Help with contracted braille

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1. nataliaF,

Hi everyone! I hope you are good. I'm going to read some braille texts in contracted braille. English is not my native languae, so I don't know the contractions. Could you tell me how or where can I learn them? Thanks!

2. YNWA,

What kind of English braille do you want to know about? British English, American English, Canadian English and so on as they are all different. They wanted to create a contracted braille system that worked for all but I was one that voted against it and it did not go through but some contractions such as brackets they did get through the backdoor so I do not know them all now. I suggest you email the RNIB but doing it during Christmas is not a good time to pick.

It takes a long time to learn but I will give you a small part to get started.

one lettered abbreviations:

B = But
C = Can
D = do
E = every
F = from
G = Go
H = have
J = Just
K = knowledge
L = Like
M = More
N = Not
P = People
Q = Quite
R = Rather
S= So
T= That
U = us
V = Very
W = Will
X = it
Y = You
Z = As

This is just the start so as you can see this is never a quick job.

Latest edition by YNWA, Jan 2 2021 11:51:34

3. nataliaF,

Thank you! books are american...

4. YNWA,

Ah, I use English braille so am not really sure of the differences. One example I do know is the capital letter, in American braille they use the capital (dot 6) we have it but don't officially use it in writing personally or in books. If I listened to an audio book no problem, some words are different such as apartment for flat but easier to understand. But a big issued to change a British book to American or change from American to British braille hence why they wanted a unified code for all English braille. Maybe you should contact the library of congress.

5. Fawaz,

Hello, I know EUB grade 2 as well, but yes it takes time to learn they are a lot. you can resources on Hadley but it is a course and shipping and all that will take really long time.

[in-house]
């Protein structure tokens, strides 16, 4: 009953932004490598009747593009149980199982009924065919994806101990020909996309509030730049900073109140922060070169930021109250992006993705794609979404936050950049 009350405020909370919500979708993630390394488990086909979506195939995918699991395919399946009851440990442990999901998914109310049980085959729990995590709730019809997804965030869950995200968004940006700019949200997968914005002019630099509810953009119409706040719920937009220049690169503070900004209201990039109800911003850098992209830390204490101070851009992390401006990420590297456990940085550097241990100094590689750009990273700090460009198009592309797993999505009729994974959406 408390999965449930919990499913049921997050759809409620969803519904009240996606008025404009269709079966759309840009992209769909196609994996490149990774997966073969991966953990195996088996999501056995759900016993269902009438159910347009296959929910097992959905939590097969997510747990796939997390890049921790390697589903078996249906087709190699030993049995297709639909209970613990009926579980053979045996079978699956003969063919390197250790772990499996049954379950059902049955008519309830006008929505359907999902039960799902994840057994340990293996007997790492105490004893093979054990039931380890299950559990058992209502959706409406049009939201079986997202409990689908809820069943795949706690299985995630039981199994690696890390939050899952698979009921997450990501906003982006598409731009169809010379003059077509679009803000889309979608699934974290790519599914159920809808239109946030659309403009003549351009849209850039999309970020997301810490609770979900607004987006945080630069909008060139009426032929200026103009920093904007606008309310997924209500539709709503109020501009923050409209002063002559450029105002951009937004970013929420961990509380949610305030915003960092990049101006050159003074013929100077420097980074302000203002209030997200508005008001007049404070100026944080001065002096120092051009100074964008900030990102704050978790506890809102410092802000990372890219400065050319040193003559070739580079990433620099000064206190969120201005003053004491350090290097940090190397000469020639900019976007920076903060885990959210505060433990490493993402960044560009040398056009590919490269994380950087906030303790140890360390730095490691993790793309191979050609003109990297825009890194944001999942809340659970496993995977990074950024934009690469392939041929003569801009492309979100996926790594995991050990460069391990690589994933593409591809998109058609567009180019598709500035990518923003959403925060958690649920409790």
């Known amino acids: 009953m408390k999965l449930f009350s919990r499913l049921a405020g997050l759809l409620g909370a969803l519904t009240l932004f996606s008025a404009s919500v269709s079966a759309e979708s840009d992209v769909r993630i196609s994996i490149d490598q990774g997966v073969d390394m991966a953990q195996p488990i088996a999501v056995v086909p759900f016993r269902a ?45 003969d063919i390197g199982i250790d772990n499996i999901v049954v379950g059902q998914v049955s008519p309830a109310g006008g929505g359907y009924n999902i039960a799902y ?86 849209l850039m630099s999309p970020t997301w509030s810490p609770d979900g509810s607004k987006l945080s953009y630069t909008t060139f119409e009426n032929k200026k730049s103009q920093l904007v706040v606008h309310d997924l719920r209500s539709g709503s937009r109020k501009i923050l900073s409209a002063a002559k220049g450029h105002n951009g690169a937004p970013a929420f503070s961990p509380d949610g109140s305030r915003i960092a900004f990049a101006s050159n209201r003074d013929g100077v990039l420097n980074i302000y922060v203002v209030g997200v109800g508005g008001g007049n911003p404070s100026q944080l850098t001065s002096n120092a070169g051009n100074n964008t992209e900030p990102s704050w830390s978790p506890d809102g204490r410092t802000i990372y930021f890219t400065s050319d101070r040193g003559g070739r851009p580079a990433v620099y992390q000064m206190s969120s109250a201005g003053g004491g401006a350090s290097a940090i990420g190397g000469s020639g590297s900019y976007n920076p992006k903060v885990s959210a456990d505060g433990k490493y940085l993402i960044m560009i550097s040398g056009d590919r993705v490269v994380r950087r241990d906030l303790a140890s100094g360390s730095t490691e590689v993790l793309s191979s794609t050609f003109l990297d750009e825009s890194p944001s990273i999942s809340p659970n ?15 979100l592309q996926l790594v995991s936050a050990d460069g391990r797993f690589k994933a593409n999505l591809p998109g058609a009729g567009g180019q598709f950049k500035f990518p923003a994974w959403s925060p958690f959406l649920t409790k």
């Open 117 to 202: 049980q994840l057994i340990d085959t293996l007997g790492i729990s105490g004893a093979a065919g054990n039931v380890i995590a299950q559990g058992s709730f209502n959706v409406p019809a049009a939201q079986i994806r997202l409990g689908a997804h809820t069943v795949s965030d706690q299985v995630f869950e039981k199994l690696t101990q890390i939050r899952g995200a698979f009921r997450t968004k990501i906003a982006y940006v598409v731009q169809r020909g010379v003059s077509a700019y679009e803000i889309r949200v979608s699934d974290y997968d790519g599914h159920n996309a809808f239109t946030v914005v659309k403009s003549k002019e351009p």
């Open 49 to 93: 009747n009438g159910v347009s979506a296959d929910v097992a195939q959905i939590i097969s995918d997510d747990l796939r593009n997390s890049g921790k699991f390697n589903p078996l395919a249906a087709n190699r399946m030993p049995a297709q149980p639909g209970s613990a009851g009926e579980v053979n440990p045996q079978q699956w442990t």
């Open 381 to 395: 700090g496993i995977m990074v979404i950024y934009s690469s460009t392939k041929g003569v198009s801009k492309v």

good luck.

6. nataliaF,

Thank you!

7. jackson95,

I also know them all, but I believe that all 187 of the real you EB contractions would take way too long to put into a message. Even if I did, that’s not a good way to practice. Your best option is to take some form of tutoring lessons. You could try Perkins or something like that.

8. helleon,

Hi, just to complete Ynwa's list, x = it. Sorry brother - it just got to me, OCD or something!

With regard to English versus American Braille, I know very little about the contractions that have changed since UEB came in, but I do believe it is now being rolled out everywhere. I never had any problem reading American Braille books personally, although I would've been taught braille in Ireland. Aside from one or two books in which I have noticed a dot 3 in front of quotation marks that doesn't exist in most books, British and American Braille are, in my experience, by and large quite similar. I presume they have even more overlap since this UEB system came in. I didn't even know until Ynwa said it that the uncapitalised sentences was a British thing, in Ireland (just across the water) we do use the dot 6 for capital! I think every American book I've seen (mostly from the Library of Congress) has used the dot 6 as a capital letter.

9. YNWA,

So I had missed it out so I have now corrected it. I did google braille contractions and there was this website that gives out what the contraction was if you typed in a word but not so useful for us but perhaps if you look more you might find something useful.

10. cachondo,

The UEBOnline.org website has lessons you can take for free to learn the full Unified English Braille course. The certificates cost money but the lessons are free for anyone, blind or sighted. You need a qwerty keyboard and a modern web browser and that's it, which is fantastic.

11. nataliaF,

Yes, it is really good! Thank you very much!

12. ultra,

this reminds me of a way I used to try to memorize contracted spanish braille better. I would get a version of a document without contractions or grade 1, and another one, contracted, grade 2. Then I would just read things and whenever I got stumped, then go back to the grade one document and read that bit. This works very well, but this unfortunately assumes you have a braille display handy or a lot of time and paper lol.

13. nataliaF,

Tha'ts a good idea! LOL. Do you still have those documents?

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